The Scotland squad spent Monday night at the cinema watching the new Joker movie and, while it was revealed that Ryan Wilson does a mean impression of the character played by Joaquin Phoenix it was John Barclay, who is back as skipper for today’s must-win-with-a-bonus point clash against Russia who was making the cracks at the eve of match press conference.
The 33-year-old Edinburgh back-rower, who was one of the experienced players dropped after the poor showing against Ireland in the opener, was asked what he thought of the new-look loose-forward trio of Magnus Bradbury, Jamie Ritchie and Blade Thomson, who gained rave reviews for their display against Samoa last Monday.
“I thought they were rubbish,” said Barclay with that laconic smile of his.
“No, they were good, weren’t they? I’ve played enough with Maggie and Jamie at Edinburgh so I know the quality they have, and I know enough about Blade from speaking to the boys at Scarlets about the qualities he has. And just from being in and around him.
“It’s one of those when you knew there would be a reaction. I didn’t doubt the back row would play well, it was a physical game and the boys played really well I thought.”
Barclay had a bit of a tight groin following the 27-3 loss to the Irish in Yokohama but it was made clear that he, along with Wilson and Tommy Seymour, who were part of the much-hyped most experienced Scotland starting XV ever, had been dropped for the second Pool A game in Kobe.
“I have been disappointed, I’ve been frustrated since the Ireland game,” admitted Barclay, who will win his 76th cap at the Shizuoka Ecopa Stadium, and lead the team out with squad captain Stuart McInally on the bench.
“The whole game was frustrating, but it’s part of being a rugby player. It’s the first time I have been left out of the squad since I returned to the fold a few years ago.
“It’s been tough, but know all my focus is on Russia.”
That out-of-the-fold wilderness period Barclay referred to came after the 28-0 loss to South Africa when, by then playing his club rugby at Scarlets, Barclay wasn’t capped for two years and didn’t feature in a Six Nations game for three. Vern Cotter brought him back for the build up to the 2015 World Cup but left him out of his final squad.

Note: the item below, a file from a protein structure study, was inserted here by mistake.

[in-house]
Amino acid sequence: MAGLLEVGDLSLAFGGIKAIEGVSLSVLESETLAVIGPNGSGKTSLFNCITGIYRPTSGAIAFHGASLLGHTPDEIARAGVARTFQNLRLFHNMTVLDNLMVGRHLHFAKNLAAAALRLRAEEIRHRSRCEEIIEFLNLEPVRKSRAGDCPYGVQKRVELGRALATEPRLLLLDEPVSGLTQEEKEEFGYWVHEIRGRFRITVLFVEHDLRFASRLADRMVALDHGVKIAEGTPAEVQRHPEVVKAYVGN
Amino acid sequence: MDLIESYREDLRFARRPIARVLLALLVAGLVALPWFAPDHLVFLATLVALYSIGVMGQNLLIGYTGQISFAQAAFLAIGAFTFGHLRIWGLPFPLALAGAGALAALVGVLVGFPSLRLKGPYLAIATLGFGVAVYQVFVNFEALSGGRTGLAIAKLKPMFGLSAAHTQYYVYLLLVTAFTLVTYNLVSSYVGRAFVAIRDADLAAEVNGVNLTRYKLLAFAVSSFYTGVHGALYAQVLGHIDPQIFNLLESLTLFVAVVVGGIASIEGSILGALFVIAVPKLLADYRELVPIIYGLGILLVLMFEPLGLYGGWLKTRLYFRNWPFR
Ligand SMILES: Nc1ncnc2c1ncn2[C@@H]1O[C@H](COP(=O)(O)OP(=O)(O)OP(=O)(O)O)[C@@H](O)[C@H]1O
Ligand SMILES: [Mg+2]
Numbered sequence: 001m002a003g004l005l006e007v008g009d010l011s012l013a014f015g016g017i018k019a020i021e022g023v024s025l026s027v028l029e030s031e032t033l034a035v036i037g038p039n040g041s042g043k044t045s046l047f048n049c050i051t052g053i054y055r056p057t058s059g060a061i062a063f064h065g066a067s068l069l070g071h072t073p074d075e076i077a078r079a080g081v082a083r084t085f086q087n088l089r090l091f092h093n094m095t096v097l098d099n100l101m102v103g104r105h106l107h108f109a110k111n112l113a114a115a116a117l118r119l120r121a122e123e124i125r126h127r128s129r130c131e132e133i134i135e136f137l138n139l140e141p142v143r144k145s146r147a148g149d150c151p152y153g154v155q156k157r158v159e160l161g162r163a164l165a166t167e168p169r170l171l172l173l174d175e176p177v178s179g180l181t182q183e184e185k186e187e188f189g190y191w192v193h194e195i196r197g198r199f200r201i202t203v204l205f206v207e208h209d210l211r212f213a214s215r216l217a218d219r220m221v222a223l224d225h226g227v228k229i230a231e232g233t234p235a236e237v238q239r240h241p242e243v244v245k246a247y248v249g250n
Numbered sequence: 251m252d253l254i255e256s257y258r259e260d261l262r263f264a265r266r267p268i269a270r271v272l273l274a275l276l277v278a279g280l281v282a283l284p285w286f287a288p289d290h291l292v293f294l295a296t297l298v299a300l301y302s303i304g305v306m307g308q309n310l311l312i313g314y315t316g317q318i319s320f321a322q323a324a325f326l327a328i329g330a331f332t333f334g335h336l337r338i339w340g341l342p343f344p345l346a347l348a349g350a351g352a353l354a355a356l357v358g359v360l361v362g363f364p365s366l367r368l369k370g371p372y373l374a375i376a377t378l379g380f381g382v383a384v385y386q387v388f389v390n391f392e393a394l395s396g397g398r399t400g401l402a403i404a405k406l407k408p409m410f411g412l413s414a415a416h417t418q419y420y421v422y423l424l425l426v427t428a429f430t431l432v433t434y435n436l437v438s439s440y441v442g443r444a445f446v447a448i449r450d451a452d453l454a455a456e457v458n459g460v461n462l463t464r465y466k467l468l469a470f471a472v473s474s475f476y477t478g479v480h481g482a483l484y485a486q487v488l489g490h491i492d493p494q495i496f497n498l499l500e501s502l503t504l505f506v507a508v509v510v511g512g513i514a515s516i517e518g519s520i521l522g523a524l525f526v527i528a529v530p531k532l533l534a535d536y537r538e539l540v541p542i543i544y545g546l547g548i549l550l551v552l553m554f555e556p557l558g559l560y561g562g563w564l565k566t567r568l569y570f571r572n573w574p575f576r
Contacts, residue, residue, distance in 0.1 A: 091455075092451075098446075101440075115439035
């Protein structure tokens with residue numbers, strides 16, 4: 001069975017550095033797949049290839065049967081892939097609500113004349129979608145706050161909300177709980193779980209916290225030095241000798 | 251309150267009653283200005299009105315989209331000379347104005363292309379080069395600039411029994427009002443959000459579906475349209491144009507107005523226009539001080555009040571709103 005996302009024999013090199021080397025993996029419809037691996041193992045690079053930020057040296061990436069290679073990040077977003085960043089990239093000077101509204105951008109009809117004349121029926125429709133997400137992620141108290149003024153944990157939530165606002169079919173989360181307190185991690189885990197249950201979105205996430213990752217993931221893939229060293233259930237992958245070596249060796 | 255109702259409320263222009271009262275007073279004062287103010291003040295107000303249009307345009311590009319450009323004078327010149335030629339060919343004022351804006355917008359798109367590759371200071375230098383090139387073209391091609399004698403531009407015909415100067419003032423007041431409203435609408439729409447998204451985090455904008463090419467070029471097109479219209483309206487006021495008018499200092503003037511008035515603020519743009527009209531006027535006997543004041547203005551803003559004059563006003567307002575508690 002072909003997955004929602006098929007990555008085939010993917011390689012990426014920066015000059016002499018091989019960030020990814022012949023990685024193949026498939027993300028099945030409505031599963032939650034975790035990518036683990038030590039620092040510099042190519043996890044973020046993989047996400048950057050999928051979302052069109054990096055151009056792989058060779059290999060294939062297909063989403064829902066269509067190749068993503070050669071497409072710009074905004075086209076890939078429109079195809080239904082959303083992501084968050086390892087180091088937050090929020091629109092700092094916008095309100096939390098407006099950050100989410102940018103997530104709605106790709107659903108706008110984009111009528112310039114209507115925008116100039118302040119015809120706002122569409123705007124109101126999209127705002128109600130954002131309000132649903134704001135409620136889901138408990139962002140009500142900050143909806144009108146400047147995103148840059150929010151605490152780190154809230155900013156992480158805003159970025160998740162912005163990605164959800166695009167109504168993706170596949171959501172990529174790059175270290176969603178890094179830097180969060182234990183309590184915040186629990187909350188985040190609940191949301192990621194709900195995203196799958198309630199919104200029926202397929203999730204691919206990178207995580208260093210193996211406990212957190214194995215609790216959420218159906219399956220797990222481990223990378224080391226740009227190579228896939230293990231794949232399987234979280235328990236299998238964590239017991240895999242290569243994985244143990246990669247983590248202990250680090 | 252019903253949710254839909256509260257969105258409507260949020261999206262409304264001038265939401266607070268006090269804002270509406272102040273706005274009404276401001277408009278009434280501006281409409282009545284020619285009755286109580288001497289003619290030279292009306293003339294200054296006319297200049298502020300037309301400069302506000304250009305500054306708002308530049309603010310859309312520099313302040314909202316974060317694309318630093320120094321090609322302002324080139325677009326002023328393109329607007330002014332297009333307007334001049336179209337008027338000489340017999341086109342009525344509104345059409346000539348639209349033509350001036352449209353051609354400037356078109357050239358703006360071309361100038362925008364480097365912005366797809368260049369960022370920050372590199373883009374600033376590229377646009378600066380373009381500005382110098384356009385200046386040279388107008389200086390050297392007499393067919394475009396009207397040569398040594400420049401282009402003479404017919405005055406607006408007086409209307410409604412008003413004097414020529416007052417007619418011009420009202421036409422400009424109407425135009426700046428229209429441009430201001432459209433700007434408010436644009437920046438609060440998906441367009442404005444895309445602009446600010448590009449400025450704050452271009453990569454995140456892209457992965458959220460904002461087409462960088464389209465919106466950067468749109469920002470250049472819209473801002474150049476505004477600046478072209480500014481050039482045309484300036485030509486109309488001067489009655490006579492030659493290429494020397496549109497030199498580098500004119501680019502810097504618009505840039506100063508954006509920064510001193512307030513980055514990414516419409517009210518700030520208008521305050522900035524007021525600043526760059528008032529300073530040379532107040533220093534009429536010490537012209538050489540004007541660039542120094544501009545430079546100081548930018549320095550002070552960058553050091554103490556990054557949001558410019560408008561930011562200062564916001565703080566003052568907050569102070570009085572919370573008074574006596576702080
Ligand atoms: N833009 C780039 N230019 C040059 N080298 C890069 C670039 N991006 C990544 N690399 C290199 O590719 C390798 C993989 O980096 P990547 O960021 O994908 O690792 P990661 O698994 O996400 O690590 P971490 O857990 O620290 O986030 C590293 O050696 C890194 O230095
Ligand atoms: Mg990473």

Since then the former Glasgow player has re-emerged as a key senior figure in the national set-up and had assumed the captaincy until a ruptured Achilles in May 2018 kept him sidelined for the best part of a year.
He is back in that lead role again today but accepts that on this occasion he is deputising for hooker McInally.
“I have always loved captaining the team. It’s a strange one, I love doing it but it comes with pressures and responsibilities,” he said.
“When you’re not captain you can put your feet up a wee bit. But it’s still a massive honour, especially in the World Cup. My goal was to get out here so to know be afforded the opportunity to captain the side is a huge honour.
“Aside from that, it doesn’t change a great deal. I will have experienced guys around me, whether it be Ryan Wilson or Duncan Taylor.”
Ritchie and Bradbury are on the bench but the general assumption is that coach Gregor Townsend will look to go with the same back row that performed so well against Samoa in the Japan crunch.
“The big game for me is Russia, I’ve no idea what the team will be for Japan,” said Barclay.
“I guess the reality is that the guys who are playing against Russia will be on the outskirts for the next game. It doesn’t take much to work out. But, equally, for the guys who are playing against Russia there is huge motivation to get involved for that Japan match.
“The reality is there will need to be a big performance and I need to prove I deserve to be involved against Japan.”
Barclay said he has been enjoying the “vibe” in camp following that pressure-releasing 34-0 rout of Samoa in Kobe.
“We spent a lot of time playing indoor cricket. We are starting to get up to a bit of no good in the hotel. A bit of messing around,” he revealed.
“Someone was talking about taping all the furniture in someone's room to the ceiling in the other day.
“We don't have bundles of time with travelling to and from training and all the other stuff we have to do in terms of recovery and looking at computers.
“I guess we just do all the normal stuff we do at home. It's just a bit more exciting going to try different things in Japan.
“We went to see the Joker last night. It's very good for anyone who hasn't seen it. Ryan does a good impression.
“It's been fun to be honest. Tours, as much as I love them, they can drag on a bit. We've been away for more than four weeks now but I haven't felt any discontent. Everyone is enjoying themselves.
“I guess we're getting to the pressure stage where it's do or die.”
The atmosphere at the 50,000-capacity Ecopa Stadium, which was built for the 2002 football World Cup, is set to be a high-pitched one with 16,000 local school children in attendance.
“We went to a school in Kobe and there was about 500 there. It was pretty hectic but in a good way,” said Barclay.
“There was a lot of energy. This country has a lot of enthusiasm for everything but rugby in particular.
“For me, Japan have embraced this World Cup completely. You got to schools and there are things written and drawn about you and the whole school is covered in stuff about Scottish rugby. I don't even know if they have watched a game of rugby. But they are embracing it.
“The Japanese people get behind it. The way we try to play, is to play a fast, open brand of rugby which should be exciting for them to watch.”
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